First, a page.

04 June 2017

The Gaines and Brown Families of Carbon Canyon, Part 5: Olinda School, 1910s

Because it was located in a district that had extraordinary tax revenues from a booming oil field, Olinda School may have been the best-funded elementary through junior high school in the region.

For the Gaines and Brown families, whose descendant Joyce Harrington has shared many of the family photos, this meant a quality education outside of the established cities in northern Orange County like Fullerton and Anaheim.

When it came to going to high school, Olinda students would make the long bus ride to Fullerton Union High School, which gave a good education, just not with the tax revenues of Olinda!

It seemed particularly appropriate at this point, as our schools have completed their year and students are headed for their summer vacations, including some who have graduated, to post a couple of the images provided by Joyce of the Olinda School.

The facility was located near the banks of Carbon [Canyon] Creek after it flowed out of Carbon Canyon, past the confluence with Soquel Canyon and its creek and headed into what is now Carbon Canyon Regional Park.

The Olinda School, located in what is now the eastern end of Carbon Canyon Regional Park, from a circa 1910s photograph provided courtesy of Joyce Harrington.
Those familiar with the old park entrance, near which is a state historic landmark plaque for the Olinda community, will recognize in one of the photos the steep hill behind the school, which is above the park's eastern edge and where housing tracts in Yorba Linda overlook the park just to the west of today's Diemer water treatment plant operated by the Metropolitan Water District of Southern California.

At the left of the image, behind a small tree is the covered projecting entrance of the school, situated under a bell tower with arched openings.  Again, this is pretty fancy school for such a rural area.

The other photo shows the graduating 8th grade class of 1917, exactly a century ago, posed on the front steps of the Olinda School.  As with almost all school photos, it is fun to see the varied dress and expressions of the students, some with broad smiles and others are serious, while a few students look away from the camera.  At the bottom left is the mark of Hartsook, a major photography studio with offices in Los Angeles and Oakland.

The 8th grade graduating class of 1917 at the Olinda School.  Courtesy of Joyce Harrington.
The Olinda School operated well after the post-World War II period, even as the residential population of the oil fields diminished significantly from the late 1920s onward, with the rise of the automobile allowing oil field workers to live further from their job site.  When the Carbon Canyon Dam project was completed in the late 1950s, the school was razed.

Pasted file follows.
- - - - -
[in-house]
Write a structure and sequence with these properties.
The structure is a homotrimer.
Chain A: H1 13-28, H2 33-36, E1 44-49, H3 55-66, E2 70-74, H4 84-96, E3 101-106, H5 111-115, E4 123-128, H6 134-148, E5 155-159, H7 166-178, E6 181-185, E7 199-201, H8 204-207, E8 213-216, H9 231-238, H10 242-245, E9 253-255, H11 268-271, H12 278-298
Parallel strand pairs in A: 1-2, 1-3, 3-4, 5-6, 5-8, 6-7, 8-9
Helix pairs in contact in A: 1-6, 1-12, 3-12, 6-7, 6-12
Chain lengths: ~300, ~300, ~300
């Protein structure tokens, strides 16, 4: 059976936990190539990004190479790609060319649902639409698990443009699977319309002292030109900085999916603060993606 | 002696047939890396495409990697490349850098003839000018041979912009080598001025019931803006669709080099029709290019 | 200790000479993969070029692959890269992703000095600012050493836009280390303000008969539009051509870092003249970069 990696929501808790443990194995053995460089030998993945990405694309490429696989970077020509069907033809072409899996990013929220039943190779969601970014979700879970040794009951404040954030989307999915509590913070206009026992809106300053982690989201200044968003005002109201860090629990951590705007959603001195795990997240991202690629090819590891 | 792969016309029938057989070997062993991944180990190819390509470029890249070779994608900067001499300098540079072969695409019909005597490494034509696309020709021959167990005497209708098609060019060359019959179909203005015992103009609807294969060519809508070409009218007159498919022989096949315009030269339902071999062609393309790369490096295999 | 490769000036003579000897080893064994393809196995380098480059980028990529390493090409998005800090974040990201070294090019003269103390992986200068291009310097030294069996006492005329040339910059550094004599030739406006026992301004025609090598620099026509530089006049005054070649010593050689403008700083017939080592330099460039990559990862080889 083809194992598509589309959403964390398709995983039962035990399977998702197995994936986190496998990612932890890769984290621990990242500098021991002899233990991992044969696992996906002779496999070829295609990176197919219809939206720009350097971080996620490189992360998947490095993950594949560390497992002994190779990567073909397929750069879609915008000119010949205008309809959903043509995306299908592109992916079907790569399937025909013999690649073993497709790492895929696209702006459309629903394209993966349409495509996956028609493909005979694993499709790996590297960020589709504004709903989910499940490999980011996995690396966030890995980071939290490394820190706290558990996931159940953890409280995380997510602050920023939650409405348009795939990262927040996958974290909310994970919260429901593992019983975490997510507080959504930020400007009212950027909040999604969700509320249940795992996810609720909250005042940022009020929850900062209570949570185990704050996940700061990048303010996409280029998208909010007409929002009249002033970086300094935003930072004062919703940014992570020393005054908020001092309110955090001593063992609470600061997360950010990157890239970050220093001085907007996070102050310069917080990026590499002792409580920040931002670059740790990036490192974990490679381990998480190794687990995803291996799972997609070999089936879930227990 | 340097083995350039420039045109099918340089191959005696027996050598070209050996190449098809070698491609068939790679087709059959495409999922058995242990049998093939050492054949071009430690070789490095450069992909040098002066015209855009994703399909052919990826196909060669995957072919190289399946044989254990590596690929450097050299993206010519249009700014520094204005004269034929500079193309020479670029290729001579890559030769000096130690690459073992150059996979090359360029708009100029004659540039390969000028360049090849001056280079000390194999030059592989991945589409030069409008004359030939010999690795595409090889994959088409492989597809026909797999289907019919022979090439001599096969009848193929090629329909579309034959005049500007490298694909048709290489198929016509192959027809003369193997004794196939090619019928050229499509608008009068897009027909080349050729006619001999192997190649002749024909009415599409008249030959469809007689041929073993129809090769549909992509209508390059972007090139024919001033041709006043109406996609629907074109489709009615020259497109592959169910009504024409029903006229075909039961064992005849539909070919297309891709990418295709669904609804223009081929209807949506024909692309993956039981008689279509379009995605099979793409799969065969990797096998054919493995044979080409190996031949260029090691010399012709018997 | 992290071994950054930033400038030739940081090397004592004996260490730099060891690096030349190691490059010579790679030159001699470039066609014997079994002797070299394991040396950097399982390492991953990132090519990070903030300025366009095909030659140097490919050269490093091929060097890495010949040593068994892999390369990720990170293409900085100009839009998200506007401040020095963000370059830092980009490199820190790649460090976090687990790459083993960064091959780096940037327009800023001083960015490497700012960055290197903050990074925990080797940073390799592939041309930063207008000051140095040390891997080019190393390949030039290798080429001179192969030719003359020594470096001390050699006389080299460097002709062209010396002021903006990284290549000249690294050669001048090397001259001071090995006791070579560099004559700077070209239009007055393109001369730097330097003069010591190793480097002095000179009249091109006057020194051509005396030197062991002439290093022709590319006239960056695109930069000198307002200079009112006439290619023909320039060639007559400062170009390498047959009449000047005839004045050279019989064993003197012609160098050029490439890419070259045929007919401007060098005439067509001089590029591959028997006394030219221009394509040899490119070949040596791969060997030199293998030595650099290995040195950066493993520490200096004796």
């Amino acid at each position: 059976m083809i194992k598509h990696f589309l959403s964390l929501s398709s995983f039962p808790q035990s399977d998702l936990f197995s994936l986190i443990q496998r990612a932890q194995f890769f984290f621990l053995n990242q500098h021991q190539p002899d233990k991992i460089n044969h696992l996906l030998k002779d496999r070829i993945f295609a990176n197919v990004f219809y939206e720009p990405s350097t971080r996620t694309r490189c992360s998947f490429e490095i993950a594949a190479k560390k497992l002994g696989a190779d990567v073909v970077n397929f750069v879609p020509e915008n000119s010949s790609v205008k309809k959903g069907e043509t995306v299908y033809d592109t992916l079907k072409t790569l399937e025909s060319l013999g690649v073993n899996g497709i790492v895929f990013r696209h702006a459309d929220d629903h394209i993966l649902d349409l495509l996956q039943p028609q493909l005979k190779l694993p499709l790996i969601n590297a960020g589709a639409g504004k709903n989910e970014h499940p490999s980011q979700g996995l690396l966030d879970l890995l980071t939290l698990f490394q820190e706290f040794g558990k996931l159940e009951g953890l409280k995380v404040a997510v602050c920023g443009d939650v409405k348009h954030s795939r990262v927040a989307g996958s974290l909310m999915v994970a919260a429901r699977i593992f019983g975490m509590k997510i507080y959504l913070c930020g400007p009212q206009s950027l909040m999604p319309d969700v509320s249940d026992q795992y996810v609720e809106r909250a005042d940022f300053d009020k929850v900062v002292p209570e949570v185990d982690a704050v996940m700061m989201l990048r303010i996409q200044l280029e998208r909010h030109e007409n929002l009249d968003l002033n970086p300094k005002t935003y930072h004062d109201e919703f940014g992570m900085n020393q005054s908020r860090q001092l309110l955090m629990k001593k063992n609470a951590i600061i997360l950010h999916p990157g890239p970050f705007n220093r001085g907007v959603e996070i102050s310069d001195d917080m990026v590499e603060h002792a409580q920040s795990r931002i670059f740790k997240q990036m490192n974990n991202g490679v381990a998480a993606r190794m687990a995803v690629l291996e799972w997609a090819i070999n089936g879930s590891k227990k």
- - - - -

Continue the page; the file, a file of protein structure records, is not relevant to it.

The name of Olinda School, however, was revived when the Olinda Village subdivision was built further east where the Gaines' Flying Cow Ranch was located.  Olinda Elementary School opened in the mid-1960s and operated until recent years, when new housing at Olinda Ranch and projecting subdivisions in the shuttered oil fields north of Lambert and west of Valencia prompted the move of the school to its current location on Birch Street.

Thanks to photos like the ones provided by Joyce, we can document the existence and usage of the original Olinda School.

03 June 2017

On the Skids in Carbon Canyon #s26262/26389 + Bonuses

Two recent accidents on Carbon Canyon Road indicate more reckless driving.  On Wednesday, 24 May at 10:30 p.m. that familiar sound of screeching tires and skidding followed by a metallic crunch echoed through Sleepy Hollow.

By the time a neighbor and I got over to the accident scene at the old Party House liquor store where Carbon Creek crosses under Carbon Canyon Road, the vehicle was gone, but left behind a twisted, bent section of guardrail there along the north side of the state highway.  A neighbor who lives directly across the street went out upon hearing the wreck and found a young woman hightailing it from the scene.

Yesterday about 4:15 p.m. while heading westbound from Chino Hills Parkway on Carbon Canyon Road, another accident scene was encountered, in which an older SUV was on its side and glass scattered across the westbound lane.